Well, I’m back from Vegas, thoroughly exhausted, but glad I went. I met some great folks I’d previously only “known” online, and some new people as well. I went to one great party and one really sucky one. I’ve already blogged the notes from some of the presentations I went to – I also went to others that were not as good, but decided not to blog those. And I finally got to experience Las Vegas.
I can’t say I learned anything completely new at BlogWorld Expo, but I did fill in a couple of knowledge gaps (thanks Avinash!) and also came away feeling much more confident about my knowledge base.
Blogging well is not rocket science, after all. You only need three things to blog: a willingness to commit the time to do it, basic writing skills, and something to say. Ideally, what you have to say is topical, focused, entertaining, insightful, and/or informative. And if you can combine all those with a flair for self-promotion, then you have a shot at running a successful, well-read blog.
(You might ask, if I know this, why isn’t my blog more successful? Easy. I lack focus.)
Although I think the show was generally a success, I think it suffered a little by trying to reach the biggest possible audience. With dedicated tracks for sports bloggers and political bloggers and military bloggers and “god bloggers” as well as a range of more general blogging topics, the show and the attendees were all over the place. If the goal was to pump attendance as much as possible in order to make the sponsors happy, then I can see why they’d choose that tactic, but if you’re going to do that, you need to build more into the conference program to help people connect with each other. Adding some “BOF” (birds of a feather) networking sessions, for example, would be a good start. Maybe a few “unconference” slots, or a demo pit for bloggers to show off their blogs. Heck, even an easy to find OPML file of attendees would help.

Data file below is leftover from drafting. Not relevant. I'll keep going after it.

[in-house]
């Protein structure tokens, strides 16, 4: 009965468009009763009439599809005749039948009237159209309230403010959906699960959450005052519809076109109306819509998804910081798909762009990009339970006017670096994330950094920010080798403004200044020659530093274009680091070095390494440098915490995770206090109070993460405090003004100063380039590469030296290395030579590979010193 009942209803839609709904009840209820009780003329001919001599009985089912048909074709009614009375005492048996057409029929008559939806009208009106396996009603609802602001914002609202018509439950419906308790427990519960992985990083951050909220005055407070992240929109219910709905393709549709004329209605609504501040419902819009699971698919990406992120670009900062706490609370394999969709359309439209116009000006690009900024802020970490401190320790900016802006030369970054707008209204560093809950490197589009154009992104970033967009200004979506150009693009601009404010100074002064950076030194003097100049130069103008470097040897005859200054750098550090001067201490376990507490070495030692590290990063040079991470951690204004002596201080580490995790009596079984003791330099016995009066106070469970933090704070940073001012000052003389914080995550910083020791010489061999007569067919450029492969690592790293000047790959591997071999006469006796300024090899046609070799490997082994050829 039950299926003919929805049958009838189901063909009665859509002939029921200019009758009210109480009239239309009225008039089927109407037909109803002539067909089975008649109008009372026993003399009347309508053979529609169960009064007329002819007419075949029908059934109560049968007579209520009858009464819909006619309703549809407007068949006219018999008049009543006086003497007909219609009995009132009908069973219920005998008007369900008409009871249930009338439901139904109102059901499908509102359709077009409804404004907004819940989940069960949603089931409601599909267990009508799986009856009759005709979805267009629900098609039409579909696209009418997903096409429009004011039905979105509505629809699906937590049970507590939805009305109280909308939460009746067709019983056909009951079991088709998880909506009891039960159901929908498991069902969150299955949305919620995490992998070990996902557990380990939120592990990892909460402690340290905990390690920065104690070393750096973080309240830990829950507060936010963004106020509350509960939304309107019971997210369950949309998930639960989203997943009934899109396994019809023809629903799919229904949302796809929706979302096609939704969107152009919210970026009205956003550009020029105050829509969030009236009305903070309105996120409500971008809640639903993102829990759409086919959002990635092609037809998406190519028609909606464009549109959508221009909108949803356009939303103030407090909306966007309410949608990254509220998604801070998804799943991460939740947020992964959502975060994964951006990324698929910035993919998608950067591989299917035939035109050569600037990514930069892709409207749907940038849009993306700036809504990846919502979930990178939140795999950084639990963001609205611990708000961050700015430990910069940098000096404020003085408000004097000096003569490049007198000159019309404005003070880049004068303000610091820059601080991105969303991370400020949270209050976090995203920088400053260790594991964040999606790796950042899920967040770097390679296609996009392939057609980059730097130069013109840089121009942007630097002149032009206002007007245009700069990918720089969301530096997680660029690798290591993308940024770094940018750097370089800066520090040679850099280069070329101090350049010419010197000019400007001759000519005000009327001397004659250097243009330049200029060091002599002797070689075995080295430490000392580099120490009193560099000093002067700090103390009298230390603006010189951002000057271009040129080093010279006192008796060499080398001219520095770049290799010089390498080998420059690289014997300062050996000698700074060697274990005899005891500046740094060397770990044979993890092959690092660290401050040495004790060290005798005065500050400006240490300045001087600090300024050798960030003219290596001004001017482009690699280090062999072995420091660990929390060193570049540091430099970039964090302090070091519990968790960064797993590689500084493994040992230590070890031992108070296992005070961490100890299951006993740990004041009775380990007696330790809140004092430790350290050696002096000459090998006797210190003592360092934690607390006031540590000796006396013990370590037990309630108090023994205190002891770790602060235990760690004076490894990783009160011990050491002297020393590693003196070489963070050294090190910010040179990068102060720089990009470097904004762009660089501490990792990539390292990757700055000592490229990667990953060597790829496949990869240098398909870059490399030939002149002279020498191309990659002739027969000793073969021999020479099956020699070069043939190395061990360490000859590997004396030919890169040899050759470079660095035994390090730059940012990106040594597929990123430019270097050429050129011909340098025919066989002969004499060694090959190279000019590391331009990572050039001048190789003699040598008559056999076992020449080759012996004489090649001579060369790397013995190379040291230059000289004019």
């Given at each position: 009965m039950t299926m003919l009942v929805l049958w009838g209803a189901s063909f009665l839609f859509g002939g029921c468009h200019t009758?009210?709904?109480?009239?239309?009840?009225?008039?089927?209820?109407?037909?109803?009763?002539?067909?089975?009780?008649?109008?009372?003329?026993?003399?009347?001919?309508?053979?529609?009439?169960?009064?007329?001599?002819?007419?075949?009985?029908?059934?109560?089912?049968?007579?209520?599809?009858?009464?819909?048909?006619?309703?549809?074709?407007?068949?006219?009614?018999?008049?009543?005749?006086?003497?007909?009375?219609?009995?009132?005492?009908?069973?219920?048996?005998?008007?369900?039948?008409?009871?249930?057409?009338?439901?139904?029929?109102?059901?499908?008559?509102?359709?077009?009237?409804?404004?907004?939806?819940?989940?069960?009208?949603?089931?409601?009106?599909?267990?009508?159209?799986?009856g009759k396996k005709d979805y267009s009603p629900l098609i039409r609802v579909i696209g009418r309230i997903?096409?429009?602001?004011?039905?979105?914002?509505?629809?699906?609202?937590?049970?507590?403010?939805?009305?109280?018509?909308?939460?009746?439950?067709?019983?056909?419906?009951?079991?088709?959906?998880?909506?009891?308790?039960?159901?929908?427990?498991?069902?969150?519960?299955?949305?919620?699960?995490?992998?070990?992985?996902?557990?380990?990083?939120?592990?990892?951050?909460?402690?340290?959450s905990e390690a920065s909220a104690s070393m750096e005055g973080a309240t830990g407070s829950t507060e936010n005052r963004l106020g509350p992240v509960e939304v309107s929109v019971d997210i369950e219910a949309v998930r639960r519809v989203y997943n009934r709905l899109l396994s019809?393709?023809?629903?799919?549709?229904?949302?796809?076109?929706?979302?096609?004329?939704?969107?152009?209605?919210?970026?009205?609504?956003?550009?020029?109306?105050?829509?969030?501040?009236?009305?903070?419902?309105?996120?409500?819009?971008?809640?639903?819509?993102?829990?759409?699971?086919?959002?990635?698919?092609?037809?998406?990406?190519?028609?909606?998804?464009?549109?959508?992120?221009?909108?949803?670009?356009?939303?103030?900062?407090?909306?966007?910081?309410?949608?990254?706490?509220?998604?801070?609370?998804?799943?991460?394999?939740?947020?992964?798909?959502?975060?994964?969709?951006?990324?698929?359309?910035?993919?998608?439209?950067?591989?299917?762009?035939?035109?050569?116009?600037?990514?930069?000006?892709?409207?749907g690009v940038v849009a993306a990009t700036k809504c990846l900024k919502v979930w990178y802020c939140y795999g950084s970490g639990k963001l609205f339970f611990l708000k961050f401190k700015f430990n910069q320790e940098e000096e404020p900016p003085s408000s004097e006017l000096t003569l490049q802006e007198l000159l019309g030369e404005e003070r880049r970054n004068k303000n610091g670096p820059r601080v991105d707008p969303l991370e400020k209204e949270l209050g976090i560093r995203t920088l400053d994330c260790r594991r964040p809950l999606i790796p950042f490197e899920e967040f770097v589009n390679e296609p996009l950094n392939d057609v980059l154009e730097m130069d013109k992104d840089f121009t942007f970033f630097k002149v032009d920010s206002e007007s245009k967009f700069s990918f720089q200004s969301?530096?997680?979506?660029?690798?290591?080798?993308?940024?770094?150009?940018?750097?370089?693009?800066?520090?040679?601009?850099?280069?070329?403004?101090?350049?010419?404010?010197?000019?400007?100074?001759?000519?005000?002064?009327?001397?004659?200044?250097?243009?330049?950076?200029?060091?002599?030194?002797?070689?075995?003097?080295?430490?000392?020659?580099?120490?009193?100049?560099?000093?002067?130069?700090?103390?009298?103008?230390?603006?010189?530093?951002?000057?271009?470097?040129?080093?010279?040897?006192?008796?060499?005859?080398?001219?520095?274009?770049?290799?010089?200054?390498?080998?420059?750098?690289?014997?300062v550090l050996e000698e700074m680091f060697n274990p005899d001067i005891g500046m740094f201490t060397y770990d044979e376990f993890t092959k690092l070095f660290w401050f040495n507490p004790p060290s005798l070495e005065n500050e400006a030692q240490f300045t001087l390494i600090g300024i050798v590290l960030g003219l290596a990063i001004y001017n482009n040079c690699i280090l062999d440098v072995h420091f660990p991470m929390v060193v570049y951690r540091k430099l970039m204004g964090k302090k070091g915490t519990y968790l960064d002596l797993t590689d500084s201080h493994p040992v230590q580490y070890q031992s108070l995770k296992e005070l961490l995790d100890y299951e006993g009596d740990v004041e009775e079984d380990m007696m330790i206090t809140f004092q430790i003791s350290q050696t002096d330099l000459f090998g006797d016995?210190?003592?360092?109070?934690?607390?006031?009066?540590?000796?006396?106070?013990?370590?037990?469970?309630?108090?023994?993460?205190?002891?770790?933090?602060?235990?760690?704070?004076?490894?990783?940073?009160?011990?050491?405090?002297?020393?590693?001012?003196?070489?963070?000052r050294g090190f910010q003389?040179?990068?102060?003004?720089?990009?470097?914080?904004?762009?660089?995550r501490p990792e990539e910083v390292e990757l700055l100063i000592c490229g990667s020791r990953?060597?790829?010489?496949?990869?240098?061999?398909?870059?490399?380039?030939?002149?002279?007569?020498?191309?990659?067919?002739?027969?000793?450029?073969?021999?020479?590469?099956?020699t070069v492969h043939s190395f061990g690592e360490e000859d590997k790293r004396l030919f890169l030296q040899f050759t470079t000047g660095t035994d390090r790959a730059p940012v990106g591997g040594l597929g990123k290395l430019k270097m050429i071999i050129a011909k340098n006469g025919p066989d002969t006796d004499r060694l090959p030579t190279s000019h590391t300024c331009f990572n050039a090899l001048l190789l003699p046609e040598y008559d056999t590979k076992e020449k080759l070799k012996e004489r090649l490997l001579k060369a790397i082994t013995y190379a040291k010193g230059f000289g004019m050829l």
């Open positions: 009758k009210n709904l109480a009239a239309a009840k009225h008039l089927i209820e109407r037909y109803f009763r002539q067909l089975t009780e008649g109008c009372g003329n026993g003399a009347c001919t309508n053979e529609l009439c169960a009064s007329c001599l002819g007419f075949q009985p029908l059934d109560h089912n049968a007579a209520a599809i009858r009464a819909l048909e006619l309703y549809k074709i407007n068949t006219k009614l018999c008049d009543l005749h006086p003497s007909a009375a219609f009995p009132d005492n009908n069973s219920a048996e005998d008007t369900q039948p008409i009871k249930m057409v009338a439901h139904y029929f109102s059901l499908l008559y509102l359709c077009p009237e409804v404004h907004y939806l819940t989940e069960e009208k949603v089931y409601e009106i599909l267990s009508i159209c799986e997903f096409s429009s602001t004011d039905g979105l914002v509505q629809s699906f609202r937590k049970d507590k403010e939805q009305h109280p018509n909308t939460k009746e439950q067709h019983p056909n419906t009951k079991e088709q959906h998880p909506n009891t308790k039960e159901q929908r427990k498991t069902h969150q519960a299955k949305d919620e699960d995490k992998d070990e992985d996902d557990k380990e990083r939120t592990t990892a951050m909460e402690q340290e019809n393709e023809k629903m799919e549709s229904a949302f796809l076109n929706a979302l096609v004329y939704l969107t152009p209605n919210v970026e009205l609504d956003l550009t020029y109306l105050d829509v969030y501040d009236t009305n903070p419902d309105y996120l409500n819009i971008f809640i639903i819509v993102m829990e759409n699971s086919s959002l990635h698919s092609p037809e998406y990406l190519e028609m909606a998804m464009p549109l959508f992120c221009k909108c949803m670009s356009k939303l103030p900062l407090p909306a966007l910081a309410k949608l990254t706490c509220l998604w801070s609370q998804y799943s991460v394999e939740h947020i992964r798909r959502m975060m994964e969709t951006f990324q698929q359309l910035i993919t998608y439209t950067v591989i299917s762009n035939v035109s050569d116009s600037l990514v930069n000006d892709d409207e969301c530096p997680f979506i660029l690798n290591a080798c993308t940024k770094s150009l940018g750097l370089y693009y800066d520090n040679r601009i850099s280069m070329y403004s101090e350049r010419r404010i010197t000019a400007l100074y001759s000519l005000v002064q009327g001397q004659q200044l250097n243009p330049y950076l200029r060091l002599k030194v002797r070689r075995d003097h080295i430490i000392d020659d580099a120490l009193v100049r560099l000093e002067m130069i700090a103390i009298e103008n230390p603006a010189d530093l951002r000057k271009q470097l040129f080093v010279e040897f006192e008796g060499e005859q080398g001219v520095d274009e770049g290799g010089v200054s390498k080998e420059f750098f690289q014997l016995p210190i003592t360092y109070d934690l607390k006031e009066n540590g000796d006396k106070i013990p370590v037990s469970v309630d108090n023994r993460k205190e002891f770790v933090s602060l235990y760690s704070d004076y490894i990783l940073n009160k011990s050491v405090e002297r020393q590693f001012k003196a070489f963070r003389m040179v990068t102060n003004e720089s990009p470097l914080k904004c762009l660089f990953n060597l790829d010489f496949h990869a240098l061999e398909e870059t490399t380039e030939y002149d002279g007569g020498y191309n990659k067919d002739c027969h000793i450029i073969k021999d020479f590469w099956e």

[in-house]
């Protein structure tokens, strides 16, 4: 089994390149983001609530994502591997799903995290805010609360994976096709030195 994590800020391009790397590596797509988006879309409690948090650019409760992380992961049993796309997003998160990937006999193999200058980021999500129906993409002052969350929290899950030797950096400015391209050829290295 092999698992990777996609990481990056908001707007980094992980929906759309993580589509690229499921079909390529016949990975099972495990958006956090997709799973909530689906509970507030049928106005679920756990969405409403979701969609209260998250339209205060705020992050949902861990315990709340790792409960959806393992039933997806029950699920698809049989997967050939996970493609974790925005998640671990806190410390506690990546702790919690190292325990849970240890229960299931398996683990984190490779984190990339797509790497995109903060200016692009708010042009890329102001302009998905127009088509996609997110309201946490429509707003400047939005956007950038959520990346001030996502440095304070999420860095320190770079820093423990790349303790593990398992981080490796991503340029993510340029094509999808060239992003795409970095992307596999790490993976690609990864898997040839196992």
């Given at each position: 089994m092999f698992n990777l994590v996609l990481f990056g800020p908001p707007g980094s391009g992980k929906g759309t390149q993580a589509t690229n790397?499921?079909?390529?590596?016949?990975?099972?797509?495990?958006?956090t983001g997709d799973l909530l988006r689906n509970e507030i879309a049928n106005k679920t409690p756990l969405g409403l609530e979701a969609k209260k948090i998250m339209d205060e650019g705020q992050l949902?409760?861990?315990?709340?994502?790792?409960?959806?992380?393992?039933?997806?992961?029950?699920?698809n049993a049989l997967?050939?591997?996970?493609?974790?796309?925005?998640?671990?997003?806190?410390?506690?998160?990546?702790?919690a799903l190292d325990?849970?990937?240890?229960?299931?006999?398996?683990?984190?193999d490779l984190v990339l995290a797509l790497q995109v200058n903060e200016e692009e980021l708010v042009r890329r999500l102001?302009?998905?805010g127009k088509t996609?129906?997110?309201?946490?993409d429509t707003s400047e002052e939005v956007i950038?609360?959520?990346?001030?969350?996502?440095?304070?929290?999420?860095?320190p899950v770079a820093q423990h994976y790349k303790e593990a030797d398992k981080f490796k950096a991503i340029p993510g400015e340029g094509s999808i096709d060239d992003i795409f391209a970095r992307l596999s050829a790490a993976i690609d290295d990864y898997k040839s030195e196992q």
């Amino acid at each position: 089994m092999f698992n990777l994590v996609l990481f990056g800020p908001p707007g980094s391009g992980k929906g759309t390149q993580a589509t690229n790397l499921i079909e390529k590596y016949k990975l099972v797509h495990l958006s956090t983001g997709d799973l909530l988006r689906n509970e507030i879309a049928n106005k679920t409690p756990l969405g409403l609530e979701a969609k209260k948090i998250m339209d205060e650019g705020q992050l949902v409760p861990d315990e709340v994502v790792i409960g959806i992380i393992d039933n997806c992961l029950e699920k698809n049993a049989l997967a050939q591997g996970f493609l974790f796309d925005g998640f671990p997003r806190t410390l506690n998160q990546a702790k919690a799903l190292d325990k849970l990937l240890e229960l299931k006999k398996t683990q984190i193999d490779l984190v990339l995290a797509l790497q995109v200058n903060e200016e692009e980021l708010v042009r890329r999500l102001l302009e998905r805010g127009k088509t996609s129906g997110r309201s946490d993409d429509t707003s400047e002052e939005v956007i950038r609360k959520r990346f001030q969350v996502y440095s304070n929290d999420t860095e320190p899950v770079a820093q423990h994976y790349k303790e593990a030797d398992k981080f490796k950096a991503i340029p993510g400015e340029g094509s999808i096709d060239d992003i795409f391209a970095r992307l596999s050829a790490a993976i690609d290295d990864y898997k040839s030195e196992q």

BlogWorld Expo’s show floor was a mixed bag. A few interesting startups – Cocomment in particular looks like something I should give a thorough test-drive (plus they had great swag) — but also a bunch of political / military booths, and a big pile of vendors who were all about either 1) adding content to your blog (widgets & feeds) and/or 2) monetizing your blog (mostly via ads). Since I was there with my “corporate” hat on, I wasn’t all that interested in either category.
One other thing that jumped out at me was how bad the marketing was at a significant percentage of booths. Now, trade show marketing isn’t easy. You have a limited amount of space and time in which to get your message across, in a space you don’t have a lot of control over, and generally without enough budget. Plus, odds are several of your competitors will also be there. Doing it well is a real challenge.
But still, this is not brain surgery here, and some companies really dropped the ball. For example, I saw several booths where the entire display had no clear statement what the product was. I suppose those companies though that if they used clever teasers they’d get more people talking to the booth staff, but I found it annoying. Another booth featured a poker table. Yeah, I get it, poker is a Vegas tie-in, very cute, but it seems to me the subtext you’re putting out is that doing business with your company is a gamble. Not the message I’d send.
And then there were the booths where a couple of different groups or companies were piled in together. It worked in the Military.com booth, where they loaned space to a couple of relevant non-profits, but when you’ve got companies that have no clear link to each other jammed into a booth with sloppy piles of completely unrelated brochures, you’re not fooling anybody. I am a big fan of the “if you’re going to do something, don’t half-ass it” school of thought. If you can’t afford a proper booth, find something you can do well within your marketing budget and do that instead.
(I didn’t intend to spend so much time writing about the show floor, actually, but there’s an outside chance I’ll be in a booth at Macworld, so I’ve spent some time recently thinking about the subject. I guess it’s rubbed off.)
This is getting very long, and I’m ready to call it a night. So I’ll wrap for now. I might add some more tomorrow, we’ll see.